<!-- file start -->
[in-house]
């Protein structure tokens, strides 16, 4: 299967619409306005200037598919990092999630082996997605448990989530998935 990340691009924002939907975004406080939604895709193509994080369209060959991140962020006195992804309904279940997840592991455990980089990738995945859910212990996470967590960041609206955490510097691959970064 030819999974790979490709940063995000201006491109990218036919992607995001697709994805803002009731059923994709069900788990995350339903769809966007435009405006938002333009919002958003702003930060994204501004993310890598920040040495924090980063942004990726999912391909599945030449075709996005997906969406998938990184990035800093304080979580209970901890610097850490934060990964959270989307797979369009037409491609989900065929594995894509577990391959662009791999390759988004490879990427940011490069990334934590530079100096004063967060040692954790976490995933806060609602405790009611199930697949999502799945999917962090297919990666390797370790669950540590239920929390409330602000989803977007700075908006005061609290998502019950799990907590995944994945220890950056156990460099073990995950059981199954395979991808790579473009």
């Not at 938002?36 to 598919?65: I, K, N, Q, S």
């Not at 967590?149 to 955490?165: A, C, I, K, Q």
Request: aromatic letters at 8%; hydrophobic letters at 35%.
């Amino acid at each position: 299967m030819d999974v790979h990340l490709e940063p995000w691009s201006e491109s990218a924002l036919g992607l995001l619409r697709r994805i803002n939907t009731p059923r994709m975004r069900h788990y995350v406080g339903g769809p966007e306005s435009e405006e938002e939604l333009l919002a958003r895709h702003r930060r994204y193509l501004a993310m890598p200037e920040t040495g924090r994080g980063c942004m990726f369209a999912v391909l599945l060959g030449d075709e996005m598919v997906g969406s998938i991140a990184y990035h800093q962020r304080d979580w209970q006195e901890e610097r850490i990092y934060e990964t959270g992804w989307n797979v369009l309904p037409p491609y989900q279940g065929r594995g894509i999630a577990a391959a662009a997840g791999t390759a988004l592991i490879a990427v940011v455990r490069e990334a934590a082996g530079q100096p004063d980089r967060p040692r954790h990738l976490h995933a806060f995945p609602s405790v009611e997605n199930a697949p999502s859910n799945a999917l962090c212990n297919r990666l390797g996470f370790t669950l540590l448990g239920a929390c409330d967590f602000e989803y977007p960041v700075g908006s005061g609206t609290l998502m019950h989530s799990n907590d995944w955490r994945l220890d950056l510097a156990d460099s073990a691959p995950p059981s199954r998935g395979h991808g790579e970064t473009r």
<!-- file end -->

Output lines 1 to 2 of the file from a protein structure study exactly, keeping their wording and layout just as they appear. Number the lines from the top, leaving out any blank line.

[in-house]
């Protein structure tokens, strides 16, 4: 299967619409306005200037598919990092999630082996997605448990989530998935 990340691009924002939907975004406080939604895709193509994080369209060959991140962020006195992804309904279940997840592991455990980089990738995945859910212990996470967590960041609206955490510097691959970064 030819999974790979490709940063995000201006491109990218036919992607995001697709994805803002009731059923994709069900788990995350339903769809966007435009405006938002333009919002958003702003930060994204501004993310890598920040040495924090980063942004990726999912391909599945030449075709996005997906969406998938990184990035800093304080979580209970901890610097850490934060990964959270989307797979369009037409491609989900065929594995894509577990391959662009791999390759988004490879990427940011490069990334934590530079100096004063967060040692954790976490995933806060609602405790009611199930697949999502799945999917962090297919990666390797370790669950540590239920929390409330602000989803977007700075908006005061609290998502019950799990907590995944994945220890950056156990460099073990995950059981199954395979991808790579473009």